It’s a good thing I don’t get all my information about the world from the media: if I did, I might feel negative and hopeless. Instead, my spirits are lifted just sitting at my desk here at FRB as I learn more every day about the countless, compassionate, caring, visionary people and organizations that are actually helping to bring about good will, justice, food security and a better life to their neighbors all over the globe.
A photo exhibit in the Kalamazoo-Portage MI area shows the good that four of these organizations are accomplishing for others based right here, close to home.
“Food: One Family at a Time (A Photographic Exhibit)” at the Portage District Library December 9-January 29, features photographs that demonstrate the work done by Foods Resource Bank, Tillers International, Fair Food Matters, and Kalamazoo Loaves &Fishes. FRB and Tillers work internationally, Fair Food Matters and Loaves & Fishes are local, yet they have one common theme: helping people to help themselves by using knowledge and understanding of local conditions and resources, combined with appropriate new technologies.
The 19 stunning photographs by FRB’s longtime and very faithful volunteer photographer and videographer, Bruce Hood, anchor the exhibit and capture the everyday lives of real people who participate in FRB’s food security programs. His studies detail how they plant potatoes, sell the food they grow, deal with water scarcity or pollution, winnow grain, or find ways to earn a little money to get ahead. Bruce’s thoughtful captions explain further the realities in the subjects’ communities and how FRB interacts with them to overcome their challenges to bring about lasting solutions.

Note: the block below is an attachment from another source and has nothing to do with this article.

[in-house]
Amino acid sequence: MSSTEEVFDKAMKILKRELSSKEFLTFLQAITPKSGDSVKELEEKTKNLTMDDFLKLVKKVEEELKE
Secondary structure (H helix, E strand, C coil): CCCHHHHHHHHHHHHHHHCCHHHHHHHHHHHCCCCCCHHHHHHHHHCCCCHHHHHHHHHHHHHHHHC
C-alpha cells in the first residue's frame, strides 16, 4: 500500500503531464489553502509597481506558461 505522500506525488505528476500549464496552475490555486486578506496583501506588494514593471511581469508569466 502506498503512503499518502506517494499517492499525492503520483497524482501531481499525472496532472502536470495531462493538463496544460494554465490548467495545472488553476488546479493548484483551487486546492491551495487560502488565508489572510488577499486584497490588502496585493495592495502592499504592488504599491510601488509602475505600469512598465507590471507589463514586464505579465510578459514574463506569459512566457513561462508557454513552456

Tillers International whose mission is to “preserve, study and exchange low-capital technologies that increase the sustainability and productivity of people in rural communities,” showed photographs from communities around sub-Saharan Africa. Subjects included women in agriculture, people making and using manual fodder choppers, and fashioning improved yokes for teams of oxen they then learned to drive.
Kalamazoo Loaves & Fishes calls itself a “food bank plus:” their poster showed people collecting and distributing food and providing other services to hungry people in our community.
Fair Food Matters mission is “to build, educate, support and empower our community around local food.” They displayed photographs of elementary school children and their student mentors from Kalamazoo College planting, tending to, and learning from community garden experiences.
This is the kind of news that matters to me.
Administrative Coordinator, FRB